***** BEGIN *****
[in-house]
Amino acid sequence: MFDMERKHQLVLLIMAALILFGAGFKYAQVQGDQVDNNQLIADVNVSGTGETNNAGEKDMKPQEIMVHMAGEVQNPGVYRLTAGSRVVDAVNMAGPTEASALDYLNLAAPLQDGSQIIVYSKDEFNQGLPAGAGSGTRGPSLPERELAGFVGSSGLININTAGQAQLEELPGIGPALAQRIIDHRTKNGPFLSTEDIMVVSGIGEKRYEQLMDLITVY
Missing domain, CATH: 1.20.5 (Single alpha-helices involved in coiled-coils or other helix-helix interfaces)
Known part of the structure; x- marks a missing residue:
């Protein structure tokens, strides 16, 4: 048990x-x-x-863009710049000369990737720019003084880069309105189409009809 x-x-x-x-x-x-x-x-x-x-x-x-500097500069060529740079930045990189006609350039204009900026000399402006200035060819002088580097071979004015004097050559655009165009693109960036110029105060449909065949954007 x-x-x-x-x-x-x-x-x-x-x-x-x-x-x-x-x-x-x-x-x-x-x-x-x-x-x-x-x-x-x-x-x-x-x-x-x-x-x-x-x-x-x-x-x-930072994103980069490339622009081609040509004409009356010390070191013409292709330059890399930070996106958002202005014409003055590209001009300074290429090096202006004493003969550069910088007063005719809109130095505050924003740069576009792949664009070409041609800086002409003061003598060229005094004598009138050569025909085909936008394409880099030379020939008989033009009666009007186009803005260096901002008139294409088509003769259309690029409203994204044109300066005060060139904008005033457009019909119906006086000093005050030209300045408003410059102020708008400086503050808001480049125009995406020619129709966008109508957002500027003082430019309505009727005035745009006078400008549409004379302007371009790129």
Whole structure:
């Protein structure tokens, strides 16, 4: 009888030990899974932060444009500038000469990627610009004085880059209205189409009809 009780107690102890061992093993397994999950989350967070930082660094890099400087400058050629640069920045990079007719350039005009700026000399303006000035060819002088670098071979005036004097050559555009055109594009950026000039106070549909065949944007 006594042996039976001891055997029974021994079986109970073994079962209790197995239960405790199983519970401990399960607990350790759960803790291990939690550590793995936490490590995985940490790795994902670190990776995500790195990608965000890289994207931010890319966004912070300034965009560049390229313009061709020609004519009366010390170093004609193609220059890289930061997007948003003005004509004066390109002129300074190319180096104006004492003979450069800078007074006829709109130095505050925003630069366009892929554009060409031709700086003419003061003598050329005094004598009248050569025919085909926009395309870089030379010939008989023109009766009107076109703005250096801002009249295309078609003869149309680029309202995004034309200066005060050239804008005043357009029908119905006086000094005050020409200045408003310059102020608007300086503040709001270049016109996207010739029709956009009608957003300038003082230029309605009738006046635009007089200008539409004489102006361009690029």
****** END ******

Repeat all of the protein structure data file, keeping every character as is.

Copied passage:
[in-house]
Amino acid sequence: MFDMERKHQLVLLIMAALILFGAGFKYAQVQGDQVDNNQLIADVNVSGTGETNNAGEKDMKPQEIMVHMAGEVQNPGVYRLTAGSRVVDAVNMAGPTEASALDYLNLAAPLQDGSQIIVYSKDEFNQGLPAGAGSGTRGPSLPERELAGFVGSSGLININTAGQAQLEELPGIGPALAQRIIDHRTKNGPFLSTEDIMVVSGIGEKRYEQLMDLITVY
Missing domain, CATH: 1.20.5 (Single alpha-helices involved in coiled-coils or other helix-helix interfaces)
Known part of the structure; x- marks a missing residue:
């Protein structure tokens, strides 16, 4: 048990x-x-x-863009710049000369990737720019003084880069309105189409009809 x-x-x-x-x-x-x-x-x-x-x-x-500097500069060529740079930045990189006609350039204009900026000399402006200035060819002088580097071979004015004097050559655009165009693109960036110029105060449909065949954007 x-x-x-x-x-x-x-x-x-x-x-x-x-x-x-x-x-x-x-x-x-x-x-x-x-x-x-x-x-x-x-x-x-x-x-x-x-x-x-x-x-x-x-x-x-930072994103980069490339622009081609040509004409009356010390070191013409292709330059890399930070996106958002202005014409003055590209001009300074290429090096202006004493003969550069910088007063005719809109130095505050924003740069576009792949664009070409041609800086002409003061003598060229005094004598009138050569025909085909936008394409880099030379020939008989033009009666009007186009803005260096901002008139294409088509003769259309690029409203994204044109300066005060060139904008005033457009019909119906006086000093005050030209300045408003410059102020708008400086503050808001480049125009995406020619129709966008109508957002500027003082430019309505009727005035745009006078400008549409004379302007371009790129």
Whole structure:
């Protein structure tokens, strides 16, 4: 009888030990899974932060444009500038000469990627610009004085880059209205189409009809 009780107690102890061992093993397994999950989350967070930082660094890099400087400058050629640069920045990079007719350039005009700026000399303006000035060819002088670098071979005036004097050559555009055109594009950026000039106070549909065949944007 006594042996039976001891055997029974021994079986109970073994079962209790197995239960405790199983519970401990399960607990350790759960803790291990939690550590793995936490490590995985940490790795994902670190990776995500790195990608965000890289994207931010890319966004912070300034965009560049390229313009061709020609004519009366010390170093004609193609220059890289930061997007948003003005004509004066390109002129300074190319180096104006004492003979450069800078007074006829709109130095505050925003630069366009892929554009060409031709700086003419003061003598050329005094004598009248050569025919085909926009395309870089030379010939008989023109009766009107076109703005250096801002009249295309078609003869149309680029309202995004034309200066005060050239804008005043357009029908119905006086000094005050020409200045408003310059102020608007300086503040709001270049016109996207010739029709956009009608957003300038003082230029309605009738006046635009007089200008539409004489102006361009690029």